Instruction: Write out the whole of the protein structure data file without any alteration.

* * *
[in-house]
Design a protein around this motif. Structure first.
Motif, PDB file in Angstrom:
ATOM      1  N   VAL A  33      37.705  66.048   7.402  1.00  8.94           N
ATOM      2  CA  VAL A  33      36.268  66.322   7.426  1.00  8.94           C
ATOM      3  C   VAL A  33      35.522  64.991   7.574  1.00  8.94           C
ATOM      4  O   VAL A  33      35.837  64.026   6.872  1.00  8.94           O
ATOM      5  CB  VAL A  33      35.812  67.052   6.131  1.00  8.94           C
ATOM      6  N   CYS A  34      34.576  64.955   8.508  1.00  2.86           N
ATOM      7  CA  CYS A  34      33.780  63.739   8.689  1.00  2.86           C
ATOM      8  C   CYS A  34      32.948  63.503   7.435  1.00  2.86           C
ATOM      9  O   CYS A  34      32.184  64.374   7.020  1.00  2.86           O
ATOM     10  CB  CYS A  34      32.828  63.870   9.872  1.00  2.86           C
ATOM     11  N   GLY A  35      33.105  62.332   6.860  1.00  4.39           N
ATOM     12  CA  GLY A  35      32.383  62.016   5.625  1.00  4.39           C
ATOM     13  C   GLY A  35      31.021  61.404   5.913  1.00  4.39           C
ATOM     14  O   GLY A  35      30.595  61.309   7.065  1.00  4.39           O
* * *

[in-house]
Design a protein around this motif. Structure first.
Motif, PDB file in Angstrom:
ATOM      1  N   VAL A  33      37.705  66.048   7.402  1.00  8.94           N
ATOM      2  CA  VAL A  33      36.268  66.322   7.426  1.00  8.94           C
ATOM      3  C   VAL A  33      35.522  64.991   7.574  1.00  8.94           C
ATOM      4  O   VAL A  33      35.837  64.026   6.872  1.00  8.94           O
ATOM      5  CB  VAL A  33      35.812  67.052   6.131  1.00  8.94           C
ATOM      6  N   CYS A  34      34.576  64.955   8.508  1.00  2.86           N
ATOM      7  CA  CYS A  34      33.780  63.739   8.689  1.00  2.86           C
ATOM      8  C   CYS A  34      32.948  63.503   7.435  1.00  2.86           C
ATOM      9  O   CYS A  34      32.184  64.374   7.020  1.00  2.86           O
ATOM     10  CB  CYS A  34      32.828  63.870   9.872  1.00  2.86           C
ATOM     11  N   GLY A  35      33.105  62.332   6.860  1.00  4.39           N
ATOM     12  CA  GLY A  35      32.383  62.016   5.625  1.00  4.39           C
ATOM     13  C   GLY A  35      31.021  61.404   5.913  1.00  4.39           C
ATOM     14  O   GLY A  35      30.595  61.309   7.065  1.00  4.39           O